Preparation for compliance with the General Data Protection Regulation (GDPR) is essentially a change management programme, according to Emma Butler, data protection officer (DPO) at digital identity firm Yoti.
“This is not something you can leave to the lawyers to deal with and the rest of the company can carry on as normal,” she told a recent discussion about the legislation hosted by IT industry body TechUK.
“It is change management because there are policies, processes, technologies and cultures at stake, many of which you need to change and adapt,” said Butler, who is responsible for the three-year-old startup’s GDPR planning and keeping the 150 employee company on track for GDPR compliance.
The amount of change will vary between organisations because everybody is in a different business and stage of compliance, she said. While it may be fairly limited for some, it may be fairly significant with “quite an impact” for others because of all the personal data handling requirements introduced by the GDPR, she added.
However, Butler said organisations should view the GDPR as an opportunity to do information governance really well and identifying what is needed, rather than as a threat to business models and innovation.
“There are threats and risks, but if you look at it like that then you are going down the wrong path and you are just not going to get anywhere,” she said.
By doing a gap analysis, Butler said many organisations may find that they will need to streamline their operations, but this often results in cost savings.
“In mapping your data, finding out where your data is and really understanding what you have got, you might find an opportunity for a new product line. That is the approach you have got to take,” she said.
Present business benefits to management
“Use the fines and the share price impact as your backup stick should you need to, but if you can present it as a way to help the business to develop and grow you will probably be in a much better place.”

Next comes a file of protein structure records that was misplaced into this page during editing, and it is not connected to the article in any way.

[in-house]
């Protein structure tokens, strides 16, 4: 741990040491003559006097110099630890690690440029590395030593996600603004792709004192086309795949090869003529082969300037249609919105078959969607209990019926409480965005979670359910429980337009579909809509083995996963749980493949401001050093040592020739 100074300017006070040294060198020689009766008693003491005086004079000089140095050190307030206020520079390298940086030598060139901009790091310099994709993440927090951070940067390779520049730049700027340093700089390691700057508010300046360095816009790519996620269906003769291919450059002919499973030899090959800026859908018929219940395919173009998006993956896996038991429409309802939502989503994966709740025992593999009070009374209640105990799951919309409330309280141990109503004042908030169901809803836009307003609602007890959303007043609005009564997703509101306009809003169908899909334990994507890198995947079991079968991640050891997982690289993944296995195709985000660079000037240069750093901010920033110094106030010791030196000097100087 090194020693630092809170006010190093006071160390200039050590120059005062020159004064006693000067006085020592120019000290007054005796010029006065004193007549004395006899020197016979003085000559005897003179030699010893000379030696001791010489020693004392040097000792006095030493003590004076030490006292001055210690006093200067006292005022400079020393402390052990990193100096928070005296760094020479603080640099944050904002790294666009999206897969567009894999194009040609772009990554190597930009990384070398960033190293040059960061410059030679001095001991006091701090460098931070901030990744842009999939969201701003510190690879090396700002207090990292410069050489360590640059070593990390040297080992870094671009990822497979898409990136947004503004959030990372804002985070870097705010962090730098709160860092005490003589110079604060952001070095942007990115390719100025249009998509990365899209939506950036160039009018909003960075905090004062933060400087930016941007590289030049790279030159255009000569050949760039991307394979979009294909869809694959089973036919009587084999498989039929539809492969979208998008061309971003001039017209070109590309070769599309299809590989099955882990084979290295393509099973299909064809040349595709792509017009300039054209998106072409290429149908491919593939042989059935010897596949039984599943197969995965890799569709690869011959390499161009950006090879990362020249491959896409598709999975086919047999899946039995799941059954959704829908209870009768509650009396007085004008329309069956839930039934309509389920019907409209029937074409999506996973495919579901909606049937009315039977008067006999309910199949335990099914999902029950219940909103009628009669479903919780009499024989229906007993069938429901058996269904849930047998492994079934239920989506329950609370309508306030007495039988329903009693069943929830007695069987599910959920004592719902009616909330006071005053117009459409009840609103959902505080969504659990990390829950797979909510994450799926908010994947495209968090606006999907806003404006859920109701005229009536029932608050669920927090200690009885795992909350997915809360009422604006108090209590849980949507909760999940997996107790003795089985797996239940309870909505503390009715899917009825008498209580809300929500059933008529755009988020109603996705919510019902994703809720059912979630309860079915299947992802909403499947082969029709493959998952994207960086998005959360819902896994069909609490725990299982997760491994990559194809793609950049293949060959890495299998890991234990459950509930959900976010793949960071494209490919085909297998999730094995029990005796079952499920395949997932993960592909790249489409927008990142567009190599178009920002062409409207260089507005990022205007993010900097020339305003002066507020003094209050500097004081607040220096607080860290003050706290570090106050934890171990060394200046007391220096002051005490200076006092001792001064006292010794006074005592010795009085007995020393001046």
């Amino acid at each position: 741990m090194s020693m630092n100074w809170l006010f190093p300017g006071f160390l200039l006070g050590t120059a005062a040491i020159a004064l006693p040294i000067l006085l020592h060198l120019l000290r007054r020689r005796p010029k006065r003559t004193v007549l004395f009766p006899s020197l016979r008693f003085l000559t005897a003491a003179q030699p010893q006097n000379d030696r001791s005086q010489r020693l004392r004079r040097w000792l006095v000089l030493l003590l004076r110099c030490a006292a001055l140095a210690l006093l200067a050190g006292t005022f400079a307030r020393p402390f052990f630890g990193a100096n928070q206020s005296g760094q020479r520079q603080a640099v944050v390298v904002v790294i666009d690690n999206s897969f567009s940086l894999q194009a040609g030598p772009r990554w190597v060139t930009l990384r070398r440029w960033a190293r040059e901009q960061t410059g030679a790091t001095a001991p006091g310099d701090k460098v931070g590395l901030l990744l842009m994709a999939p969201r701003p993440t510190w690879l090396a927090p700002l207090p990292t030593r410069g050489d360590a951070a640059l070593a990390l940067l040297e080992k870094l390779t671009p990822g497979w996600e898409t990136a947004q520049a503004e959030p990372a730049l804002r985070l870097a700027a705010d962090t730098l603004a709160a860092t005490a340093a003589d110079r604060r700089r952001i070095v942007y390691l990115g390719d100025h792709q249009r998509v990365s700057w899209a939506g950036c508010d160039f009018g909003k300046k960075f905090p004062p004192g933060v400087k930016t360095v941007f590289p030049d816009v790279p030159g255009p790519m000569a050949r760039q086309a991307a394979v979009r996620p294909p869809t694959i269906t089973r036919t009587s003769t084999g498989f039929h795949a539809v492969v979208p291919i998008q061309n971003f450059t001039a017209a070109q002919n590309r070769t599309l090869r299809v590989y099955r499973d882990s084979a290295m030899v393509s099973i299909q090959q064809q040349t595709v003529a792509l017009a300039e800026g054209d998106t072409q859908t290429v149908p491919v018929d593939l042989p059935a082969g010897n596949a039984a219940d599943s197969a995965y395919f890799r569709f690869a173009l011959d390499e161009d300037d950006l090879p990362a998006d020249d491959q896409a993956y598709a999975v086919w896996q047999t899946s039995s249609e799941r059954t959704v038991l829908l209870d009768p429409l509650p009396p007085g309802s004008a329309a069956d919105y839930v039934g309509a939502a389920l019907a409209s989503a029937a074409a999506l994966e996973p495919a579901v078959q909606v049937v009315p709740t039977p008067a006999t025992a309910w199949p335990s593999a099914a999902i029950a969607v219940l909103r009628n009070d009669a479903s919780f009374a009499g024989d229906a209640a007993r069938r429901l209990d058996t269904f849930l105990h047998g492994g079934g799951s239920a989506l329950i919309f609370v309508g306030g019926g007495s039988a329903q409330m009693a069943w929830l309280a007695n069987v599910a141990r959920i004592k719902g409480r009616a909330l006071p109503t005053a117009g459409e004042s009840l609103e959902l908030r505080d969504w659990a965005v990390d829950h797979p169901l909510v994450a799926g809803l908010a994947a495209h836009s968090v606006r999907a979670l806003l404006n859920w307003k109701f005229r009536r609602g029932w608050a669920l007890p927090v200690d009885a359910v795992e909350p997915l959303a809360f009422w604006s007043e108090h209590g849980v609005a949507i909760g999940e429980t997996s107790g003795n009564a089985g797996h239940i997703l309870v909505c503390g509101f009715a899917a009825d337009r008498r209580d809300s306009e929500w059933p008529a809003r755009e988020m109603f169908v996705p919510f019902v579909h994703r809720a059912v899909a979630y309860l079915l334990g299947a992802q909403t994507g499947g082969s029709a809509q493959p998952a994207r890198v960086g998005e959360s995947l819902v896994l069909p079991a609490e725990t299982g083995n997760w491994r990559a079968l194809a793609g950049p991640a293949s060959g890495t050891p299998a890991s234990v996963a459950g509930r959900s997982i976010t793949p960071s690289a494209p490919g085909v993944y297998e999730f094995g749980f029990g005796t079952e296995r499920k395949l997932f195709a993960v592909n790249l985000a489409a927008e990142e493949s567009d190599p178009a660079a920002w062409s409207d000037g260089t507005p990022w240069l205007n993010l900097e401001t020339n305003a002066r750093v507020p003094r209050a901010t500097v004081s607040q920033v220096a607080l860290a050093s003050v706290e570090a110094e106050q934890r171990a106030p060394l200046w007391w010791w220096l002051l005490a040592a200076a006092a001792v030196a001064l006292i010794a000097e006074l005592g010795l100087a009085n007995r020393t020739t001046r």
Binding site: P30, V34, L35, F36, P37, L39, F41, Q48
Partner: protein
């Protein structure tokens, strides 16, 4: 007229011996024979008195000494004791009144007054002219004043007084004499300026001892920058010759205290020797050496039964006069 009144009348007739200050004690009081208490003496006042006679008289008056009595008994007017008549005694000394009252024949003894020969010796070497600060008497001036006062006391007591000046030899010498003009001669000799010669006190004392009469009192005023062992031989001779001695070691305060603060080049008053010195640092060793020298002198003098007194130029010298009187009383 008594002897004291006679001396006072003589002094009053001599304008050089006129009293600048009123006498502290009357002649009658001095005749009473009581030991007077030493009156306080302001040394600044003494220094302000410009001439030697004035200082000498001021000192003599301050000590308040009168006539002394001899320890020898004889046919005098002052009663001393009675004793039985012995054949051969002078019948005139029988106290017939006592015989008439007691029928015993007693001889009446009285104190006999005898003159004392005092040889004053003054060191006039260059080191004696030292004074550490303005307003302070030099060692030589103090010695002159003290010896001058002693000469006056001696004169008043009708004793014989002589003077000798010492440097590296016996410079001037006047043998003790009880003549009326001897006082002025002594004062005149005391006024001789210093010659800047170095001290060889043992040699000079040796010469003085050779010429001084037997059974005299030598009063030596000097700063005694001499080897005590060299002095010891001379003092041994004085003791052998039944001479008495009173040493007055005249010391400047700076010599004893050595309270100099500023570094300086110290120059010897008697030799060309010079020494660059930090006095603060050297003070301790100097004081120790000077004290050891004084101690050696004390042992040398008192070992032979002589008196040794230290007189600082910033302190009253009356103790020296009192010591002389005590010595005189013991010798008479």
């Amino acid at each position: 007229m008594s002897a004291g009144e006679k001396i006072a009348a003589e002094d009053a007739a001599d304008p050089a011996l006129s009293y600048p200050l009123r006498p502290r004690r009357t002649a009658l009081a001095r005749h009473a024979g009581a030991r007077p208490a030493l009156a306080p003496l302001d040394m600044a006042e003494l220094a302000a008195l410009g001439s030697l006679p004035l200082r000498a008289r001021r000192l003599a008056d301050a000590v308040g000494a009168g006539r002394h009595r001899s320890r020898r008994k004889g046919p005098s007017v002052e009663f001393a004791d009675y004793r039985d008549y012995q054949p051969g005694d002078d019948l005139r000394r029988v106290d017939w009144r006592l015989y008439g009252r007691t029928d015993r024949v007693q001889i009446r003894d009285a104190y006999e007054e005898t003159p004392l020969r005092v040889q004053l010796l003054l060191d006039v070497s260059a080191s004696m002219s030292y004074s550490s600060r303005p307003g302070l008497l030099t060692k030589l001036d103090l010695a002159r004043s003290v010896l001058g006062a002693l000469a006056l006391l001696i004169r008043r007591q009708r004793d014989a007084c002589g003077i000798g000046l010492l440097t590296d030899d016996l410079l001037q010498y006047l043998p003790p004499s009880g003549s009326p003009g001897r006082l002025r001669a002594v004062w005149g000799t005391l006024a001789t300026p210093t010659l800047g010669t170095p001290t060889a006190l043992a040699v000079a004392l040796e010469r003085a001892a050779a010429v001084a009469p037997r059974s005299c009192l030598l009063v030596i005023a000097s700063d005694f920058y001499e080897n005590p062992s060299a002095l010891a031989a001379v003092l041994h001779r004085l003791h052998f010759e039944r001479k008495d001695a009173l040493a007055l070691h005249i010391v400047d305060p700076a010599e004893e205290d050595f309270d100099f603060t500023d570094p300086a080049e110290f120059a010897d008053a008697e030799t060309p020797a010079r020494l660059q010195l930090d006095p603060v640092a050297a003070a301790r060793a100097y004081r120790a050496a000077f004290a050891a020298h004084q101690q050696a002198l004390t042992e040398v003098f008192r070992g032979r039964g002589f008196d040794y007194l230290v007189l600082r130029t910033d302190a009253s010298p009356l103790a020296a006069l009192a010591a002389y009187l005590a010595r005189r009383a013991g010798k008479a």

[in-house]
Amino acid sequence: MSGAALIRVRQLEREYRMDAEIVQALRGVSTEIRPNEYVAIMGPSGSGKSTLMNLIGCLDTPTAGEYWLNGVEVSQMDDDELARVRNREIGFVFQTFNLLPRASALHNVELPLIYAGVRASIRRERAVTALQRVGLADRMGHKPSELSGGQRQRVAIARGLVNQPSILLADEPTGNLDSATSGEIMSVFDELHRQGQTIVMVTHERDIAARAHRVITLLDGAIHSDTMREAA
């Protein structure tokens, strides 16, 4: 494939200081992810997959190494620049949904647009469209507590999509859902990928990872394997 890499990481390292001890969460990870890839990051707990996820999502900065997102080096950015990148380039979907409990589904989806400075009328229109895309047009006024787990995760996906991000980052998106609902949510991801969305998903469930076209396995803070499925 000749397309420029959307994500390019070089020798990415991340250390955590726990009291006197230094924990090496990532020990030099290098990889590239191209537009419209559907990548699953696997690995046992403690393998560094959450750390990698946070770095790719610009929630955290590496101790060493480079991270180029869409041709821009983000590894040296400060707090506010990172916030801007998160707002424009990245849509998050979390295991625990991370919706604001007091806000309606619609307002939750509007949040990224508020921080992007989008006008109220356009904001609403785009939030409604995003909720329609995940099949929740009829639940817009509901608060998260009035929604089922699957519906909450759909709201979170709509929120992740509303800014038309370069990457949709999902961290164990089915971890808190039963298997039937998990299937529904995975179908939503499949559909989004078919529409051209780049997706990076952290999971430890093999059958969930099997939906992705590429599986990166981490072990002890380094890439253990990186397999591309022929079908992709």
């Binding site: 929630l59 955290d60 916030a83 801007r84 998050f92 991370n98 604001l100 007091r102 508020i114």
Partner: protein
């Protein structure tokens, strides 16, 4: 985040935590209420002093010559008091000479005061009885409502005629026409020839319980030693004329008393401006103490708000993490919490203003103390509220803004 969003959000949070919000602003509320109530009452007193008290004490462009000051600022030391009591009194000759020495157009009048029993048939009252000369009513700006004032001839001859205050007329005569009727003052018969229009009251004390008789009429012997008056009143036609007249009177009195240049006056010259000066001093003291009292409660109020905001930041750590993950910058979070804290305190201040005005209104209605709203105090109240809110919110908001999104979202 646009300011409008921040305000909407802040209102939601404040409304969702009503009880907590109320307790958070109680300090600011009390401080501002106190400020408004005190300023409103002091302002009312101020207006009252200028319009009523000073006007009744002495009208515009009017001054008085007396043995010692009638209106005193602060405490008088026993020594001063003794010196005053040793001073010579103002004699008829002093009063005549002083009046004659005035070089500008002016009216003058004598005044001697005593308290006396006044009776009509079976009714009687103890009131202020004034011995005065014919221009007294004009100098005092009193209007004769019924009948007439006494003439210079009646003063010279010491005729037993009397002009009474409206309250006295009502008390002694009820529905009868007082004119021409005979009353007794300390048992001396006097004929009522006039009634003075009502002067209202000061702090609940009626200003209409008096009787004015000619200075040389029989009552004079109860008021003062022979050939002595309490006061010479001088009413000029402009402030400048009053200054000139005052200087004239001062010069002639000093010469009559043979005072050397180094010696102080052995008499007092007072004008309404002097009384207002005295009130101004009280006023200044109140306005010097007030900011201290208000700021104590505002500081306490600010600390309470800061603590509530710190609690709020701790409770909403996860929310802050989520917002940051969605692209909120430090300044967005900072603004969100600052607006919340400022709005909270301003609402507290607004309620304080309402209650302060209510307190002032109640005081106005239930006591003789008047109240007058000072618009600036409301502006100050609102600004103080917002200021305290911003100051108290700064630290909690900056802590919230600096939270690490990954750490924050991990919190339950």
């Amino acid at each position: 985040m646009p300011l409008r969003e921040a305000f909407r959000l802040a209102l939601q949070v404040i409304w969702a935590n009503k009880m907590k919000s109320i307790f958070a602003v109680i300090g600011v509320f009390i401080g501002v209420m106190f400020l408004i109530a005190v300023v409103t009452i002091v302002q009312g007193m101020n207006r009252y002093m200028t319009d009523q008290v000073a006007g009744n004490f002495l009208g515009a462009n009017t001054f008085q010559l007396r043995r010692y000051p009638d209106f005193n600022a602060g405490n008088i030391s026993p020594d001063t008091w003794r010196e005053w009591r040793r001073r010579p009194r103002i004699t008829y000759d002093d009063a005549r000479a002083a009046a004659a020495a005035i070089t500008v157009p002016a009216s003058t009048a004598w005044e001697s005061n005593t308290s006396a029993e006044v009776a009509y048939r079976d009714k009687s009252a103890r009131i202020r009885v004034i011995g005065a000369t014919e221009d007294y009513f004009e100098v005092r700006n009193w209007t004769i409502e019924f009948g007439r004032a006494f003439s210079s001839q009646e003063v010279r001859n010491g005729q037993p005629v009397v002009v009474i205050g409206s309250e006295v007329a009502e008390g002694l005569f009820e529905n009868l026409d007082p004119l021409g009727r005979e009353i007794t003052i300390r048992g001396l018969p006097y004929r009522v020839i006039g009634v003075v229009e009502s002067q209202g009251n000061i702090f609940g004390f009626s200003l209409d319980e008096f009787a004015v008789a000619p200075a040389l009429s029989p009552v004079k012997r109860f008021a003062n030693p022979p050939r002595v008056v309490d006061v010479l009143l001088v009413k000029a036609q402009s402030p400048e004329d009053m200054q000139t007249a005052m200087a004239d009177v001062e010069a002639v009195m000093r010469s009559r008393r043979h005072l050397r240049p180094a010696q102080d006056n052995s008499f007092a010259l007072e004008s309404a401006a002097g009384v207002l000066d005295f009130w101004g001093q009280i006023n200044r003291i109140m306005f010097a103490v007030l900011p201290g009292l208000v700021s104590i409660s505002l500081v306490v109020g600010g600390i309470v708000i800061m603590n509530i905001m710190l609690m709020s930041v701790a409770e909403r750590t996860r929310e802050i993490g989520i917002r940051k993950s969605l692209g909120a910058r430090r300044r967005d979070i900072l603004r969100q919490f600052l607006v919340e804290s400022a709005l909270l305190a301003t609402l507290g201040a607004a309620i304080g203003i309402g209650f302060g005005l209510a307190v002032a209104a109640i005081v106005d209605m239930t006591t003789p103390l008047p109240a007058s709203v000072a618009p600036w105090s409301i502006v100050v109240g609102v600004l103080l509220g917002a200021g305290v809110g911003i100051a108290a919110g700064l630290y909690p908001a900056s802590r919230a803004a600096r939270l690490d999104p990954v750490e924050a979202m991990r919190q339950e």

The GDPR is widely expected to drive better practices and security controls around personal data because of the potential fines of up to €20m or 4% of global annual turnover, whichever is greater.
But Butler said organisations should focus on being more customer-centric and building consumer trust rather than simply complying with the GDPR.
“It is about taking a more holistic view of what an organisation is doing about information governance that involves information security, marketing, HR and product development to ensure that the organisation is improving its information governance across all departments, rather than being a tick box compliance exercise that the lawyers or DPOs sort out in a corner somewhere,” she said.
Data consent biggest GDPR worry
One of the biggest concerns for organisations is the GDPR’s requirement for explicit consent, polls have revealed, but Butler said this concern often stems from the misplaced idea that they have to choose consent as the lawful basis for the data processing they want to do or the realisation that they should not be using it in the first place.
“For too long companies have been doing ‘pretend consent’ and treating it as the thing to do, when in most cases it is the last condition for processing we should look at, and in reality a lot of the processing in companies is done on another basis. It isn’t done on consent because there isn’t a genuine choice,” she said.